• Enabler – part of system providing means for attack
    • Evaluator – runs attacking code
    • Carrier – embeds attacking code
dimension 2 channels and protocols
Dimension #2 Channels and Protocols
  • How attacker gets into the system
  • Channel
    • Message passing
    • Shared memory
  • Protocol – rules for message passing
dimension 3 access rights
Dimension #3Access Rights
  • Accounts
    • How many individual, admin, guest
  • Trust Relationships
    • Among users and processes
  • Privilege Level
  • Reducing the dimension = Principal of Least Privilege
  • Use actual MS Security Bulletin
  • Provide template for describing Vulnerabilities and Attacks
    • Vulnerabilities: describe intended and actual pre and post conditions
    • Attacks: describe goal, resources, preconditions, attack sequence, postconditions
  • Use of the preceding model:
    • Some use of FSM transitions in Vulnerability description
    • Resources described in terms of the three dimensions
attack surface
Attack Surface
  • Some complex function of the 5 components of the dimensions
  • Authors punt on specific function
  • Instead they suggest reducing it by:
    • Reducing values of dimensions
    • Reducing vulnerabilities (Intended - Actual)
    • Reduce types of attacks (better technology)
attack surface metric
Attack Surface Metric
  • List 20 attack vectors
  • Examples:
    • Open port
    • Services running as SYSTEM
    • ActiveX enabled
attack surface metric calculation
Attack Surface Metric Calculation
  • Each vector given a weight
  • “Surfaces” are calculated for 4 vector types
    • Channels
    • Process Targets
    • Data Targets
    • Process Enablers
attack surface metric calculation1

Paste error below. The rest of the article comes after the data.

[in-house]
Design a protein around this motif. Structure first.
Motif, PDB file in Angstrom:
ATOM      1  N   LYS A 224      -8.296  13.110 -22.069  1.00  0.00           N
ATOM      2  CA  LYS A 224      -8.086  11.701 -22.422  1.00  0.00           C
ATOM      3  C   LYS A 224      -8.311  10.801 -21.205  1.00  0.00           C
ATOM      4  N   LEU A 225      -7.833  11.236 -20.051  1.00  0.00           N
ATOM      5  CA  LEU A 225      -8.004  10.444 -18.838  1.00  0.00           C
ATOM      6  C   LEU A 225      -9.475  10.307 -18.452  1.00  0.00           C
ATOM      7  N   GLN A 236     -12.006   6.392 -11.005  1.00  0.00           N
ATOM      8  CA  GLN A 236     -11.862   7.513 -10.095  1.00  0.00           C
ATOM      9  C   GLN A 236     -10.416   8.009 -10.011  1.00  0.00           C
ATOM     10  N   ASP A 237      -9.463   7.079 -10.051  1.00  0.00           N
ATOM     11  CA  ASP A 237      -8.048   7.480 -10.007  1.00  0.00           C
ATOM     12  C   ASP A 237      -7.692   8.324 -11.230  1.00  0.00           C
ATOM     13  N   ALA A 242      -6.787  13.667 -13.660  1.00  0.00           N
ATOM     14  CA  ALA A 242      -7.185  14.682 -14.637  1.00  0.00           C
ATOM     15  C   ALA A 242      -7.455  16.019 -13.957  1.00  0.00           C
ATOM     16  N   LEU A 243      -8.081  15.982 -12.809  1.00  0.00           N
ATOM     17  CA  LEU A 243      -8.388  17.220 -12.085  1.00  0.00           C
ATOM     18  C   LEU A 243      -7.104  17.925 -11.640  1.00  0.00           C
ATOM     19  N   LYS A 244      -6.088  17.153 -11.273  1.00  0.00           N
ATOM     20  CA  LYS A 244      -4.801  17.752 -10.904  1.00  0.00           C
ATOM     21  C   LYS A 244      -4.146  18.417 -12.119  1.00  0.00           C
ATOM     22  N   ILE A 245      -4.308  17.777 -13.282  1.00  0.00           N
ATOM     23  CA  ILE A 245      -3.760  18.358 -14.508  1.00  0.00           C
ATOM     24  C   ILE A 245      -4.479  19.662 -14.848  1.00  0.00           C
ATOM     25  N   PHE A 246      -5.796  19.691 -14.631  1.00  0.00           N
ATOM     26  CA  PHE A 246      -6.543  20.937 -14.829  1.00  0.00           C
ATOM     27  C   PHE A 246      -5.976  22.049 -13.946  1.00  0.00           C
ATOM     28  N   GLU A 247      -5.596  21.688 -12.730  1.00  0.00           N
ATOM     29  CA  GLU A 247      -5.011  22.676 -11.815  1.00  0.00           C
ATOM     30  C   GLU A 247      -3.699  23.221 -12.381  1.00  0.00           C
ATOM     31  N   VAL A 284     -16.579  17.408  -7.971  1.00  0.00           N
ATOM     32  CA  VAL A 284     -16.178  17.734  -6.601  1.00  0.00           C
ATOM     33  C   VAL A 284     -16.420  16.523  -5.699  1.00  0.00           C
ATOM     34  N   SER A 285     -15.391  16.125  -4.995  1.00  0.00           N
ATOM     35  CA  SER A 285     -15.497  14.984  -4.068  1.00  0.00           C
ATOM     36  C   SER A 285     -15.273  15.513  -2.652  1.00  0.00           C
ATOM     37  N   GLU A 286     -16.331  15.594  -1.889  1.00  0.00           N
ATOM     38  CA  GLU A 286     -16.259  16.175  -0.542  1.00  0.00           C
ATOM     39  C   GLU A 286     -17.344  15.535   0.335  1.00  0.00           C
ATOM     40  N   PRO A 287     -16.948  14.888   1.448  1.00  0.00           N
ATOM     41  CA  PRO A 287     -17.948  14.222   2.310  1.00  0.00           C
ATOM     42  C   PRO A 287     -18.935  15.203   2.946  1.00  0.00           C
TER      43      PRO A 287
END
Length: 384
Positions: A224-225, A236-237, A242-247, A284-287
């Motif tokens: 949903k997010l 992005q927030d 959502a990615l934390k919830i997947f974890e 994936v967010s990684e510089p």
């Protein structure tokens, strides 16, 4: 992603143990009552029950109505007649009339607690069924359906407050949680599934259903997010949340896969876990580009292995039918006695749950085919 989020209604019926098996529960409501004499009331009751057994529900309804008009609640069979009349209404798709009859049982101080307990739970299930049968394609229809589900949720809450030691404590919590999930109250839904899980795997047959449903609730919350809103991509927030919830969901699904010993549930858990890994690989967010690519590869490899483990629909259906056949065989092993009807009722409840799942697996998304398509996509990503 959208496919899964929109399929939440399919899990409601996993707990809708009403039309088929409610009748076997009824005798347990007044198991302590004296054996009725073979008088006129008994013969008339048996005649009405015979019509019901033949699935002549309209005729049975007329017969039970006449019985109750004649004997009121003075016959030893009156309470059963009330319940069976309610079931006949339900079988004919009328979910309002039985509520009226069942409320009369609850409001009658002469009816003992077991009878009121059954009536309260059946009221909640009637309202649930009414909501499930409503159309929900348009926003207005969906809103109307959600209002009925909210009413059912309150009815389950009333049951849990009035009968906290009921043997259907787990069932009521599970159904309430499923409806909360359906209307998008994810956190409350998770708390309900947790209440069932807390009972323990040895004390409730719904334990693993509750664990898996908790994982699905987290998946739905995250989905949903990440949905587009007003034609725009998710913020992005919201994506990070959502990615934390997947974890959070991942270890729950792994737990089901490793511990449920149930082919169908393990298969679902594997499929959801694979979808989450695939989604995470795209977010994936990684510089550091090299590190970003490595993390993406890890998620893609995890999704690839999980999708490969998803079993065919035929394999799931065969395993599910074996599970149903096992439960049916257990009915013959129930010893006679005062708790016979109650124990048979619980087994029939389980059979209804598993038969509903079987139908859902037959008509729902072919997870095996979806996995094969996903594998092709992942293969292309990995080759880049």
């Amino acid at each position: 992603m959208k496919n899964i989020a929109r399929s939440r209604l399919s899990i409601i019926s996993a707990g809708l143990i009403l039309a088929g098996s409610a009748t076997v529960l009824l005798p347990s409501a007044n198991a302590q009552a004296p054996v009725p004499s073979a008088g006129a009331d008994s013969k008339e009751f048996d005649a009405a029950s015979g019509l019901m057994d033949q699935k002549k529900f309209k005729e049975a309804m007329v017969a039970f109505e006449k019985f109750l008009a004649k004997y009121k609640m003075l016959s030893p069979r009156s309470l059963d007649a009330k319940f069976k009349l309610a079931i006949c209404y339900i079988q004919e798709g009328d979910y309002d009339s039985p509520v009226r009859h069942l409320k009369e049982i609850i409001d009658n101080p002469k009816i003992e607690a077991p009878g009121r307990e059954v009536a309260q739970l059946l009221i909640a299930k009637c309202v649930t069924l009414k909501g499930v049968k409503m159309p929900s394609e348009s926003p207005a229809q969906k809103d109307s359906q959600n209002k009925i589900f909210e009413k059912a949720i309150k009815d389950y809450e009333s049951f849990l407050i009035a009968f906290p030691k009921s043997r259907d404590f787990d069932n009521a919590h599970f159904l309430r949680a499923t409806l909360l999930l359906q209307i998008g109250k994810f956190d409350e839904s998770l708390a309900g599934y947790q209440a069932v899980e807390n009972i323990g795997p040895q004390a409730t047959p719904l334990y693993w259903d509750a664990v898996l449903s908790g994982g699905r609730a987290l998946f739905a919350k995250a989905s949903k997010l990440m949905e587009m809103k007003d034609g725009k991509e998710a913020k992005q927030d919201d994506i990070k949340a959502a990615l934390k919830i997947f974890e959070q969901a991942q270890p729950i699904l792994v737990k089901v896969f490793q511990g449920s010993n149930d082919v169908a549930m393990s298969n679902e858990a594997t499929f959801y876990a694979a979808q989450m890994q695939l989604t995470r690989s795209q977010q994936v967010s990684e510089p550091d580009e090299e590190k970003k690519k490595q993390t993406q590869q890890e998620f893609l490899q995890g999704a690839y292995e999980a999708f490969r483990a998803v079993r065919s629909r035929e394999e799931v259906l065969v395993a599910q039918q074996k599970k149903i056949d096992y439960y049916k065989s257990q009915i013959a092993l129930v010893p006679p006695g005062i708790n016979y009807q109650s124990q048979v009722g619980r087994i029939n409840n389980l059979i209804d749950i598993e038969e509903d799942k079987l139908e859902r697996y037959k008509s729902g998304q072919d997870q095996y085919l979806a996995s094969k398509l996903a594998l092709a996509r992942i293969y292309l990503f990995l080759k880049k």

Attack Surface Metric Calculation
  • Each surface is sum of weights of each type of vector
  • Total surface is sum of these 4
  • I assume this is the RASQ (they don’t make an explicit connection)
  • Values of weights are not explained
  • Win NT with IIS is much less secure than without it
  • Win Server 2003 doesn’t lose much security with IIS on
  • Relative security of 3 seems to match the order shown
analysis of rasq
Analysis of RASQ
  • Can’t apply if systems are different
    • RASQ isn’t absolute metric
    • Doesn’t measure over time as features or configurations change
    • Certainly doesn’t apply to different operating systems
  • Should focus more on individual attack vectors than a single number
presenter s comments
Presenter’s Comments
  • A relatively simple idea dressed up in elegant mathematical clothing
  • Formalizes stuff we already know
    • Formalization can obfuscate the obvious
  • Confusing point: start with 3 dimensions based on 5 factors and end up with 4 surface categories
presenter s comments1
Presenter’s Comments
  • “Surface” => area => product of dimensions
    • Not done here
  • More like each term adds a “pixel”, a small patch, to a surface to form total area
  • Or each term pokes hole in surface dimension to increase porosity